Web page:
The reality of working with any group of people- particularly when you throw together a mix of people by circumstance rather than design- is you are sometimes going to hear opinions that differ from your own… occassionally these might tip over to racist, sexist or other ‘ists’, people can be quite extreme in their politics- or deeply apathetic.

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In additition each of us brings with us baggage from our lives.  Working at The Booth Centre, (a day centre for homeless people in Manchester) the baggage can be very heavy, the history each person brings with them, the struggles of daily life. The trick is to leave it at the door. It’s not always easy, particularly when we are not in the workshop session- those between times seem to be when things kick off. But in the sessions, if things are going well something magical happens, we all are caught in the moment, the outside world seems to disappear, any problems, stresses are reduced. It’s medicine with no warning labels, no bad side affects. Now-a-days it might be called mindfulness, but anyone who has really enjoyed and been absorbed in art making will know, its a beautful side affect of creative activity. And it’s not just the art (and for Moving Panorama, beautiful songs and performance) that works for us, it’s the group dynamic to. I’ve talked about it this on these blogs before, but I am repeatedly delighted by how supportive our groups at The Booth are- more than in any venue I have ever worked at before. Our group nurtures, encourages and as people’s confidence grows, people gently challenge.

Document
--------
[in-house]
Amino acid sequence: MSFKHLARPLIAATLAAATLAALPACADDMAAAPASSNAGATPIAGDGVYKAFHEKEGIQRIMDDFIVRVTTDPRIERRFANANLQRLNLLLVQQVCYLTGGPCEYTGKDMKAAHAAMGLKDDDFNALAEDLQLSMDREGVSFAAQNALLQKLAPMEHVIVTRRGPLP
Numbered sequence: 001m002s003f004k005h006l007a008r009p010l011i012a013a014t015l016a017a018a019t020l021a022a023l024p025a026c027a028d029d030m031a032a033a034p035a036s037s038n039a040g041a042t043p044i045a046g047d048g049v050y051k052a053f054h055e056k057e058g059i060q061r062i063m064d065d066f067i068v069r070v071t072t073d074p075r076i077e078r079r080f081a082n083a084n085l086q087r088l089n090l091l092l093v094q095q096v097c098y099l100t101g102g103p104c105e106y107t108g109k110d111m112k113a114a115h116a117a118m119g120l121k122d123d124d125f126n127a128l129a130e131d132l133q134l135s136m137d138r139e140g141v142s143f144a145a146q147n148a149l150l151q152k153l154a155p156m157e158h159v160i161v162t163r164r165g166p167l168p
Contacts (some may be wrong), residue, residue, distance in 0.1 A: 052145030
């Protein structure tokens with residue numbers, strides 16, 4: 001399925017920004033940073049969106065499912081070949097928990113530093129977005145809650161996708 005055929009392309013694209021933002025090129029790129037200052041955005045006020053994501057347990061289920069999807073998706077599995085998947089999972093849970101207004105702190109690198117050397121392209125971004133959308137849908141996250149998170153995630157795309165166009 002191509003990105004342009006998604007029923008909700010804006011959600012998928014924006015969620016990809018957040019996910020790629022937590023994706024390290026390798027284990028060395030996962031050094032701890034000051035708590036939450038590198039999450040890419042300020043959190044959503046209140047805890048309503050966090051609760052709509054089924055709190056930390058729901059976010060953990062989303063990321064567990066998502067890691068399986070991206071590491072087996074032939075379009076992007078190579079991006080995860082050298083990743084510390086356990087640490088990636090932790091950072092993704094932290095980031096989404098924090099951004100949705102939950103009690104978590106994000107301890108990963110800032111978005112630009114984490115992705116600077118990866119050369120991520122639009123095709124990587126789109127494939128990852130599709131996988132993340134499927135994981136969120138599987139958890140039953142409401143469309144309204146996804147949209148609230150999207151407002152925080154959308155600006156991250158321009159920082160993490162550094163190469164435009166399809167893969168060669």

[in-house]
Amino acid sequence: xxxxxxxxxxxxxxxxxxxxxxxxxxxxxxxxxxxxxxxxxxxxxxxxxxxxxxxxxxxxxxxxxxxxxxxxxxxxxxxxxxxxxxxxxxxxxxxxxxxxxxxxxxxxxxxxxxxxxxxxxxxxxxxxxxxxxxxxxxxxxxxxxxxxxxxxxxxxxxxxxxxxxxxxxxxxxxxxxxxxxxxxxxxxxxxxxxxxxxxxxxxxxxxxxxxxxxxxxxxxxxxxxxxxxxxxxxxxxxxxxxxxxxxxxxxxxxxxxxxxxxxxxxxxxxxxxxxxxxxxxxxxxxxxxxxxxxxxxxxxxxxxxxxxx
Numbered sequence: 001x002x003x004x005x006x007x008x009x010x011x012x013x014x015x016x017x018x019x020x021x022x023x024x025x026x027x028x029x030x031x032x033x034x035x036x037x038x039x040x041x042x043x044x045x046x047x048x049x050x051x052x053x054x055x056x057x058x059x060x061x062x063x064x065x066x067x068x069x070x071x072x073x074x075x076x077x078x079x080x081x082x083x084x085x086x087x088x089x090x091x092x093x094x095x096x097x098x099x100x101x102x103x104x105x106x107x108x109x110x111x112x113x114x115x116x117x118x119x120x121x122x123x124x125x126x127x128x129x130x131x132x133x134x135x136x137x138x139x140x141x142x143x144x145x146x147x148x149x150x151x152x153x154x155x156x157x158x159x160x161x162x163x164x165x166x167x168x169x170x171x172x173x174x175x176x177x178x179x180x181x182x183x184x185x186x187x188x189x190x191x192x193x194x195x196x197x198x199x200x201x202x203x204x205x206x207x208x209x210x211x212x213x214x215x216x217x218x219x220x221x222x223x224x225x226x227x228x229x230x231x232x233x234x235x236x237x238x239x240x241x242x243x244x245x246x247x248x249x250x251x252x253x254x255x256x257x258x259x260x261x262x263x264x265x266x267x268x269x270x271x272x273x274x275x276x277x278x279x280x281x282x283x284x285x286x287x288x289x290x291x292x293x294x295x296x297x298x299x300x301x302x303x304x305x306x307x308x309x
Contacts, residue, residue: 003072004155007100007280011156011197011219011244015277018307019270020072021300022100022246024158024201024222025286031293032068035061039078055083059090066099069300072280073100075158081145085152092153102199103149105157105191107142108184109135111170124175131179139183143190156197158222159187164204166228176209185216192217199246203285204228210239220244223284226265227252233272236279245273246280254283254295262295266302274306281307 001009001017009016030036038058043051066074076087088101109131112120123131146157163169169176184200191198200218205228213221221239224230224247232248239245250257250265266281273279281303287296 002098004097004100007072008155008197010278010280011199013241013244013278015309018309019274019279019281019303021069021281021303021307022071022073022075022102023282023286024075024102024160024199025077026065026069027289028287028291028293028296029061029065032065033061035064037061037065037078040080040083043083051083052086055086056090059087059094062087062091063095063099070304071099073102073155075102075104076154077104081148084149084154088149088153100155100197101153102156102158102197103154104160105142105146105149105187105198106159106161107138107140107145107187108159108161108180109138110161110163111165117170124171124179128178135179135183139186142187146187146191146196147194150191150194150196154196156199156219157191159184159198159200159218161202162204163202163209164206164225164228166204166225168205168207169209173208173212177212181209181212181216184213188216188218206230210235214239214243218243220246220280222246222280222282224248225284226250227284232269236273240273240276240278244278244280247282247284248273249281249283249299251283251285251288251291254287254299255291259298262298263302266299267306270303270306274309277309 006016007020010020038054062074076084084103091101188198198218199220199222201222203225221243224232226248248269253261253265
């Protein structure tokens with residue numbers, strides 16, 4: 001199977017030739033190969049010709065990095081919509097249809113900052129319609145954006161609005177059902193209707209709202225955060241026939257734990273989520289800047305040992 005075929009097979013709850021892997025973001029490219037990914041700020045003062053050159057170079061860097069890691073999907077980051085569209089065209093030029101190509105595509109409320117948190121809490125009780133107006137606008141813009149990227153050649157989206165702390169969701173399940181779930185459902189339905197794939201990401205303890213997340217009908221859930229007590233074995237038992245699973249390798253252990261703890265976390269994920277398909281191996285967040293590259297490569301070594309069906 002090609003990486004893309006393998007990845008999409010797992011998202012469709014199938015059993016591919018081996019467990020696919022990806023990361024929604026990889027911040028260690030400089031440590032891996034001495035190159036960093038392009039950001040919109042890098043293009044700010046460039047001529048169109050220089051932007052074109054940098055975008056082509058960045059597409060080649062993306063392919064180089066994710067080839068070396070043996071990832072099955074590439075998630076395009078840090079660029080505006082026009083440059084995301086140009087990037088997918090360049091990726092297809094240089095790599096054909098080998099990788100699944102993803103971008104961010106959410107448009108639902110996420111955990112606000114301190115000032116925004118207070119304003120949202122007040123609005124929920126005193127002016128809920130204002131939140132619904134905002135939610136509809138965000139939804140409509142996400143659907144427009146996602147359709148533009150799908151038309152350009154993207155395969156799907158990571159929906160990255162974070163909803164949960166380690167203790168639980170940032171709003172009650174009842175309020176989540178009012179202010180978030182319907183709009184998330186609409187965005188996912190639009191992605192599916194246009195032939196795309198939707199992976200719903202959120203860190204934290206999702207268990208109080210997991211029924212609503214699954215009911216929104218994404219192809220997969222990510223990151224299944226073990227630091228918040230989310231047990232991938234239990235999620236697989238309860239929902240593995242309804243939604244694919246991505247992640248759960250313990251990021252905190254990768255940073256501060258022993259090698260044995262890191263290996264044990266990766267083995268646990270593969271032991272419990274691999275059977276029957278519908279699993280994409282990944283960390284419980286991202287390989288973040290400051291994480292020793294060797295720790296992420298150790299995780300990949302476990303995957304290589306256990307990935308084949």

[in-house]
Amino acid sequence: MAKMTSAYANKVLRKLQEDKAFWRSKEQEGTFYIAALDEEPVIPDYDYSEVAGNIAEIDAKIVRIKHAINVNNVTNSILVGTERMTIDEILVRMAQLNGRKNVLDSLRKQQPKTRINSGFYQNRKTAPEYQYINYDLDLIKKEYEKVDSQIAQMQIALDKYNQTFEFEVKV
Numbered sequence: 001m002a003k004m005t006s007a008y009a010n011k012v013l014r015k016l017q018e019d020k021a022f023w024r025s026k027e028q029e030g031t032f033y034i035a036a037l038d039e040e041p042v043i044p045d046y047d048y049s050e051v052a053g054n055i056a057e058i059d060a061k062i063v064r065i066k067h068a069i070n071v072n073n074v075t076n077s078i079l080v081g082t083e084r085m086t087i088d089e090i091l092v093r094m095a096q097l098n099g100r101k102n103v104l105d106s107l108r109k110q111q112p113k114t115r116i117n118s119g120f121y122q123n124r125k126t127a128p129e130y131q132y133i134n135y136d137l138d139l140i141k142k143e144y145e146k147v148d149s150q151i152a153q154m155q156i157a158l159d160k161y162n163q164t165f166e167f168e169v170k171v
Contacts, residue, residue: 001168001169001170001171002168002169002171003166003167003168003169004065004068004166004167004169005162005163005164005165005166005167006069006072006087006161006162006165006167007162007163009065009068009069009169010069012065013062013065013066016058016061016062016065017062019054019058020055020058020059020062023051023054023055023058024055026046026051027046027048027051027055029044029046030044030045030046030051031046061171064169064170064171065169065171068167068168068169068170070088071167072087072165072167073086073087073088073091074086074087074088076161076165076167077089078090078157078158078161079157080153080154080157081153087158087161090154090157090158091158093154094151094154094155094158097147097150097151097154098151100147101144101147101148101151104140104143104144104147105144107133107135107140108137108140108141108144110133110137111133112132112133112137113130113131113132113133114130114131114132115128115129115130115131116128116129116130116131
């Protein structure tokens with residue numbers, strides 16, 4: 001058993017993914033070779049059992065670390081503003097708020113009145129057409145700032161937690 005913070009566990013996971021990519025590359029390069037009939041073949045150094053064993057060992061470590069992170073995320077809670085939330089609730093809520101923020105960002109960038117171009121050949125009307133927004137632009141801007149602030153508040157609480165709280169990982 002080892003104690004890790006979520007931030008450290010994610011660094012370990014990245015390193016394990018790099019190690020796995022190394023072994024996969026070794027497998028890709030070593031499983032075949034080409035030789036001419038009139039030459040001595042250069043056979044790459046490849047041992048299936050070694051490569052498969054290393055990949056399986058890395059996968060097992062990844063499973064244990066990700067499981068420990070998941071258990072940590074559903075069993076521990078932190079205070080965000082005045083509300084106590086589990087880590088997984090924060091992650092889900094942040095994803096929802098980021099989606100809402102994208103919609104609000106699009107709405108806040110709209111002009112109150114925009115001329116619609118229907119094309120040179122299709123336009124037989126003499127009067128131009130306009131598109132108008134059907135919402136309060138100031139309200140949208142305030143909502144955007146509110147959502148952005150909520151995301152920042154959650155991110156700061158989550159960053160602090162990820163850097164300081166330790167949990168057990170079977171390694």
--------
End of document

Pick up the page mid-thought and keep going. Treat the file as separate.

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So I know what ever baggage I have brought of my own to the session, I will come away feeling lighter, a weight lifted, my eyes clearer. We witness this happening to our group, we are told this in the feedback. This is arts and health in action- Ian one of the group has asked me about my job a few times, he often remarks how happy I seem, how much I seem to enjoy my job- It’s simple for me- why would I want to do anything else in life?